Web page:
A Win For The People, But A Win For The Planet? A Look Into Joe Biden’s Plans For A Net-Zero Economy

Sophie Robinson

With Donald Trump’s pivotal loss to Joe Biden in the recent US election, the world has watched on with a sense of optimism for the future of one of the world’s most powerful countries. Biden’s win has been seen as emblematic of a hopeful future, since he has unravelled many of the policies made during Trump’s administration, taking a dynamic and liberating approach to the beginning of his presidency.

In his first three weeks in office, Biden has made important social advances in issues such as racial equality, LGBTQ+ rights, the coronavirus pandemic and immigration policies.

He has restored faith after what have been described as Trump’s ethical failings in many areas of American politics, promising a vastly different, but more progressive ‘American Dream’.

However he has also committed to making substantial changes to Trump’s environmental policies, with his inauguration speech making the climate crisis a priority.

On his first day in office, Biden reversed Trump’s decision to leave the Paris Climate Agreement

As climate change continues to threaten the globe, Biden has acknowledged that the US “desperately need[s] a unified national response to the climate crisis” to navigate the future of global environmental management.

Although he has made promising assertions thus far, the effects of environmental policymaking are far more long term than changes to social policies, with some of his promises not expected to be fulfilled until 2050.

So far, Biden has put heavy emphasis on the need for global cooperation when tackling the climate crisis, claiming that he intends to employ America’s allies to decelerate the effects of global warming.

On his first day in office, Biden reversed Trump’s decision to leave the Paris Climate Agreement, taking on the responsibility to aid the international goal of limiting global temperatures to a maximum of 1.5? above pre-industrial levels.

In pursuit of this objective, Biden has pledged to “establish an enforcement mechanism to achieve net-zero emissions by the end of his first term in 2025”, involving processes of incentivising and investing in the
clean energy sector.

At present, only 18% of existing US electricity production methods involve renewable sources, with 19% sourced from nuclear power

However, in order to achieve net-zero, there needs to be a balance between greenhouse gas emissions and the amount removed from the atmosphere.

For greatest efficiency, Biden must put emphasis on both of these concurrently, by striving to decrease current emission rates and put systems in place to reduce greenhouse gases already in the atmosphere.

In terms of reducing emissions, Biden ultimately aims to “make US electricity production carbon-free by 2035”.

At present, only 18% of existing US electricity production methods involve renewable sources, with 19% sourced from nuclear power, therefore making Biden’s promise of 100% decarbonised electricity production a tall order, especially within a 14 year set period.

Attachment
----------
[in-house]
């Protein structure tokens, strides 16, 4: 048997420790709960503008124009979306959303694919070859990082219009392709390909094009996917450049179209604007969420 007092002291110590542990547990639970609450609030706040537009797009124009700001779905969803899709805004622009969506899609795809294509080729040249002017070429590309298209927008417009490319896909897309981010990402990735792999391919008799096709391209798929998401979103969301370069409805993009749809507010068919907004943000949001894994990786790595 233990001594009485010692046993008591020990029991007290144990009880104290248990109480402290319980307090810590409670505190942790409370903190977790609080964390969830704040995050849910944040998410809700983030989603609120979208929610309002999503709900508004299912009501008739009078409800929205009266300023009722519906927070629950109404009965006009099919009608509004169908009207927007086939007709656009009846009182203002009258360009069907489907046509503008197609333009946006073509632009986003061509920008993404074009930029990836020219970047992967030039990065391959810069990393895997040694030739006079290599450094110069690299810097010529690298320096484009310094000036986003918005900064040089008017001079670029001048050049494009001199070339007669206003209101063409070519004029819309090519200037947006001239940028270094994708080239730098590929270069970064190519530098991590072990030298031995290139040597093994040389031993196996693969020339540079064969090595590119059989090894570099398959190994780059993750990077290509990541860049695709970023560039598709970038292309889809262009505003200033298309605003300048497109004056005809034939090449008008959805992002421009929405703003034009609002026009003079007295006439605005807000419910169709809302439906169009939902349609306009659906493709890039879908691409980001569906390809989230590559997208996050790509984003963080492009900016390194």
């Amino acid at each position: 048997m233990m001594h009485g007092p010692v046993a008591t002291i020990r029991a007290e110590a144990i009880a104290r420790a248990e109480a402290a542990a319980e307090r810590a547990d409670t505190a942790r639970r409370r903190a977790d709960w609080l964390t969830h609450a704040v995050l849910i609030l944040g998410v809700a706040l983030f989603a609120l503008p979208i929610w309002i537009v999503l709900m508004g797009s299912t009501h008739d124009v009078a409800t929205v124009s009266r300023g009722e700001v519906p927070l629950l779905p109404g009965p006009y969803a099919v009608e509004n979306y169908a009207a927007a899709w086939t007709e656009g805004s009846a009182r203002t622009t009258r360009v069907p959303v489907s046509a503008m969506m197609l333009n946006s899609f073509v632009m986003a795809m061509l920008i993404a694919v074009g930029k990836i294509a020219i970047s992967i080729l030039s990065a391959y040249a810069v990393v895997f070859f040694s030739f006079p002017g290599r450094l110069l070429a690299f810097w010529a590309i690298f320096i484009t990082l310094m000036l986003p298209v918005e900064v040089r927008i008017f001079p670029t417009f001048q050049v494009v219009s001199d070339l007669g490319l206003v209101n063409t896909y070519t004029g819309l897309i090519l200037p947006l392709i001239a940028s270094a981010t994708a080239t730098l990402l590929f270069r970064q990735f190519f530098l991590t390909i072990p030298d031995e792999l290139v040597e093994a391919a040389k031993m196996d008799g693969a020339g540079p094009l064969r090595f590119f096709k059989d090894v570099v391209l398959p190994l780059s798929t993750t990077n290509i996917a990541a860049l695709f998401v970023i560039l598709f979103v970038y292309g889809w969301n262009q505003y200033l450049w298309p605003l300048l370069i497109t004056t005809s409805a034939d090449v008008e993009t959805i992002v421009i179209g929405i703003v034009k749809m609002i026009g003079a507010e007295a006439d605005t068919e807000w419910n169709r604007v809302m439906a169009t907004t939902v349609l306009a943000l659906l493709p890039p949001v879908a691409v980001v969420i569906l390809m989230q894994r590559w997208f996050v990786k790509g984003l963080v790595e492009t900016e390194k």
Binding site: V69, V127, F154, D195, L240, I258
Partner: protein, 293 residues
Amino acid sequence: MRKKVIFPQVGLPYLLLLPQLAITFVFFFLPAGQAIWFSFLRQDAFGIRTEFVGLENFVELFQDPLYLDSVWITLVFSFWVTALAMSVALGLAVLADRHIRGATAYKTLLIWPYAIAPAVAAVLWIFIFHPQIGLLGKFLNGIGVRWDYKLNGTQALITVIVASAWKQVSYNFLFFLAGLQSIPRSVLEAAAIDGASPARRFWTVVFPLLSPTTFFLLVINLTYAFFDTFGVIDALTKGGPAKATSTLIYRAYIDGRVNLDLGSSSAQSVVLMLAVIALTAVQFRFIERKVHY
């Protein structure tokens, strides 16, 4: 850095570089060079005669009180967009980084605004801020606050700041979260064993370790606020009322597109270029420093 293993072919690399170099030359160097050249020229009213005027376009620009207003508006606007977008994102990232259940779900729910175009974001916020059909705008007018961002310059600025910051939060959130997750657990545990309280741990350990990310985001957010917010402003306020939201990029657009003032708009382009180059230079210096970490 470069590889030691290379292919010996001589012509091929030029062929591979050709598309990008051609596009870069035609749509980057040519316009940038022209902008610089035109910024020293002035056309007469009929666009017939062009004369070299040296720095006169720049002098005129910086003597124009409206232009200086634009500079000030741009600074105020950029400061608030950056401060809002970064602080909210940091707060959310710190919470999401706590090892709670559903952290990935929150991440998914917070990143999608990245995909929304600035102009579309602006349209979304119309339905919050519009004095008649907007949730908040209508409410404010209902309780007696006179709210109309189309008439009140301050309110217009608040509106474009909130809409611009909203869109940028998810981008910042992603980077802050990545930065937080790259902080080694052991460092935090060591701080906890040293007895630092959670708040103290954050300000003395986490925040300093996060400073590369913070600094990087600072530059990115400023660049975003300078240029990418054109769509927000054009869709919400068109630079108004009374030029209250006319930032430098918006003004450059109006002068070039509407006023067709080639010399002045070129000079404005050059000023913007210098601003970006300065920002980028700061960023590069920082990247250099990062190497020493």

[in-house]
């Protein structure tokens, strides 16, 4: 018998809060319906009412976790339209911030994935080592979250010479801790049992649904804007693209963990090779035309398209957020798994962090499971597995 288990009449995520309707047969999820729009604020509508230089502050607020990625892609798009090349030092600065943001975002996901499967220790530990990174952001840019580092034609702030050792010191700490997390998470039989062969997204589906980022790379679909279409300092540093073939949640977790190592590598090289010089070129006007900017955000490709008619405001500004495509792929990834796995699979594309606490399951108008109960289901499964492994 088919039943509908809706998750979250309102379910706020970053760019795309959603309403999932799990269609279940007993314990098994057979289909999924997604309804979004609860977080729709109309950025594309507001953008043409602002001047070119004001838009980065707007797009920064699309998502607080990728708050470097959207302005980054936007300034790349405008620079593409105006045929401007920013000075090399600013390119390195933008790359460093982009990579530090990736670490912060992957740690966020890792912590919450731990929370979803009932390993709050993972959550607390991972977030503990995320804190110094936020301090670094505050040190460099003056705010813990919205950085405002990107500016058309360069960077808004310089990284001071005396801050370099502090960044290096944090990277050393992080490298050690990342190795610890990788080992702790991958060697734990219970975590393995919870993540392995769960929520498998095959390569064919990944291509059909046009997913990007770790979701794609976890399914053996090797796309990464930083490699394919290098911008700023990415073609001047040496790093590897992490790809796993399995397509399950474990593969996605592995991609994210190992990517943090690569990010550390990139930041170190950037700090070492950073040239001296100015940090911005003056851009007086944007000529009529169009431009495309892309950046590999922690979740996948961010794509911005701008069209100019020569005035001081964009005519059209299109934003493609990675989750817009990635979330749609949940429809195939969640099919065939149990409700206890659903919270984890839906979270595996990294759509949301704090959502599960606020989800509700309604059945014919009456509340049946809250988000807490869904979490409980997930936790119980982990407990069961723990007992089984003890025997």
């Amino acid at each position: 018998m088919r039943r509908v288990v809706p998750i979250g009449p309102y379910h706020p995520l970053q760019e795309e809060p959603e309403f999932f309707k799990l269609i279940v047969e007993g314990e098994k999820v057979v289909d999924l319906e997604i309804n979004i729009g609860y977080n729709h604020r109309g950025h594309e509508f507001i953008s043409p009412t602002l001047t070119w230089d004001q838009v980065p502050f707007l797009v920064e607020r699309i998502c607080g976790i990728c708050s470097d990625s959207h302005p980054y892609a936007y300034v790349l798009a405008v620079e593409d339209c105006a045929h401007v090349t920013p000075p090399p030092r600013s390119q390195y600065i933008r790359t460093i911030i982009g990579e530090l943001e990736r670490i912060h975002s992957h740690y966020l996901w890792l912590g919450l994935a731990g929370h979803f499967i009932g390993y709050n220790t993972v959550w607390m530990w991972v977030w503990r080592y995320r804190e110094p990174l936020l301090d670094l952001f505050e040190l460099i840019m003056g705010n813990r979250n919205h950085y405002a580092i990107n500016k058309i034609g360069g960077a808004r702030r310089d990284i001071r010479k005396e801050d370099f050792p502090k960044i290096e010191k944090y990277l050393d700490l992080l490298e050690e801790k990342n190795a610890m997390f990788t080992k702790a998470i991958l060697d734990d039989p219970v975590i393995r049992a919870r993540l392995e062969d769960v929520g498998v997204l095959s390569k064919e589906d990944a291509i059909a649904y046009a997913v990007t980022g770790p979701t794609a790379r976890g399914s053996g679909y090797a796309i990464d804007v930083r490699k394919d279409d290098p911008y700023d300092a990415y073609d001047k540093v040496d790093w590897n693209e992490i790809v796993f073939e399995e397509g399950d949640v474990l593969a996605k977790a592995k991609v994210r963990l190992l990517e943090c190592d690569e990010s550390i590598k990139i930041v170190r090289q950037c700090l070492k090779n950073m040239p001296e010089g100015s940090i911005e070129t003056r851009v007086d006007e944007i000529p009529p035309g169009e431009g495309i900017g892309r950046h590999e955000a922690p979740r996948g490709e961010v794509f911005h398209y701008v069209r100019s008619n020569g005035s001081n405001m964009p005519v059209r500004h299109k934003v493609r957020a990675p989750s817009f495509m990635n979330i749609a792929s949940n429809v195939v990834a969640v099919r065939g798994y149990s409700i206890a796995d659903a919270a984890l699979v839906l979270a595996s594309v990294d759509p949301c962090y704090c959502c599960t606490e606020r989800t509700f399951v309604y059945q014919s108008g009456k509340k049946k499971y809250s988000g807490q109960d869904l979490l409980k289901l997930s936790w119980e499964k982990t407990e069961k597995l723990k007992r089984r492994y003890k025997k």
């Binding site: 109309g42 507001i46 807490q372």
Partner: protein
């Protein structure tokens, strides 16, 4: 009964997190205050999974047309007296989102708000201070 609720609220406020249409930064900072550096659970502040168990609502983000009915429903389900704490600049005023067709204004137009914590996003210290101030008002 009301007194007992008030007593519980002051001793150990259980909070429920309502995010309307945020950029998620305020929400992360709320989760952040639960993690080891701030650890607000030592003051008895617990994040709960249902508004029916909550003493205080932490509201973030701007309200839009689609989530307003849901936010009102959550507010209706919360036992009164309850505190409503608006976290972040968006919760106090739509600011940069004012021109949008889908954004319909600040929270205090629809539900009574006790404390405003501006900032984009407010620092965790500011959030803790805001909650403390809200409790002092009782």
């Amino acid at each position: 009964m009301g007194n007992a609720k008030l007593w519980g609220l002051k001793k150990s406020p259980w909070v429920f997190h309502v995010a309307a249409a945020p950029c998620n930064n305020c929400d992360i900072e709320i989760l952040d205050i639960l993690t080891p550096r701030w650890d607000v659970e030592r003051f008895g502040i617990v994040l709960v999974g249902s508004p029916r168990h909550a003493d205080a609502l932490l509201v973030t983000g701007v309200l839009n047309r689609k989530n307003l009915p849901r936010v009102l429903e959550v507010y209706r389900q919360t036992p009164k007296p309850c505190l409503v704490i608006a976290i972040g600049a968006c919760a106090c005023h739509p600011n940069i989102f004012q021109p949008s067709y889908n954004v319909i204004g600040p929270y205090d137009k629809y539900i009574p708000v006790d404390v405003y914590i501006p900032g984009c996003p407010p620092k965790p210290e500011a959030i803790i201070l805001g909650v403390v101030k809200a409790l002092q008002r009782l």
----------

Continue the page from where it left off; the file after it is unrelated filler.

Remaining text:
Therefore, rigorous systems will need to be put into place during Biden’s first term as president to achieve such ambitious goals. However, even if net-zero is achieved by Biden’s measures, the problem of climate change will not be solved completely, especially as almost 90% of global carbon emissions come from outside of US borders.

Consequently, this highlights the need for international cooperation in the approach to tackling climate change.

In regard to reducing the greenhouse gas levels already in the atmosphere, Biden has established the importance of Carbon capture and storage (CCS).

This involves the process of capturing carbon dioxide during electricity generation before it is released into the atmosphere, with up to 90% of carbon captured using CCS.

Biden’s immediate emphasis on environmental preservation… is reassuring after Trump’s ongoing indifference towards climate change

Currently, there are 10 Carbon capture and storage facilities in the US, however Biden wants to accelerate the development of carbon sequestration technology.

Although CCS can have a key role in achieving a net-zero economy, it has its downsides. For example, it is sometimes seen as a distraction from the need to convert to renewable energy, rather than fixing the problems caused by burning fossil fuels, as ultimately, renewable energy sources are net-zero without the pressures of additional carbon sequestration.

Furthermore, CCS requires huge amounts of energy, with some estimating that it uses 30-60% extra energy, as well as doubling the cost of electricity. This would seem incredibly unproductive at a time where the demand for energy is increasing.

Overall, Biden has proposed a progressive but demanding goal of achieving a net-zero economy. Although not completely impossible, he will need to implement rigid initiatives before the end of his term to ensure that the future of US electricity production adheres to net-zero measures.

However, Biden’s immediate emphasis on environmental preservation is
extremely refreshing to see and is reassuring after Trump’s ongoing indifference towards climate change.

This story is part of Covering Climate Now, a global journalism collaboration strengthening coverage of the climate story.

Sophie Robinson

Featured image courtesy of jlhervàs via Flickr. Image license found hereNo changes were made to this image. 

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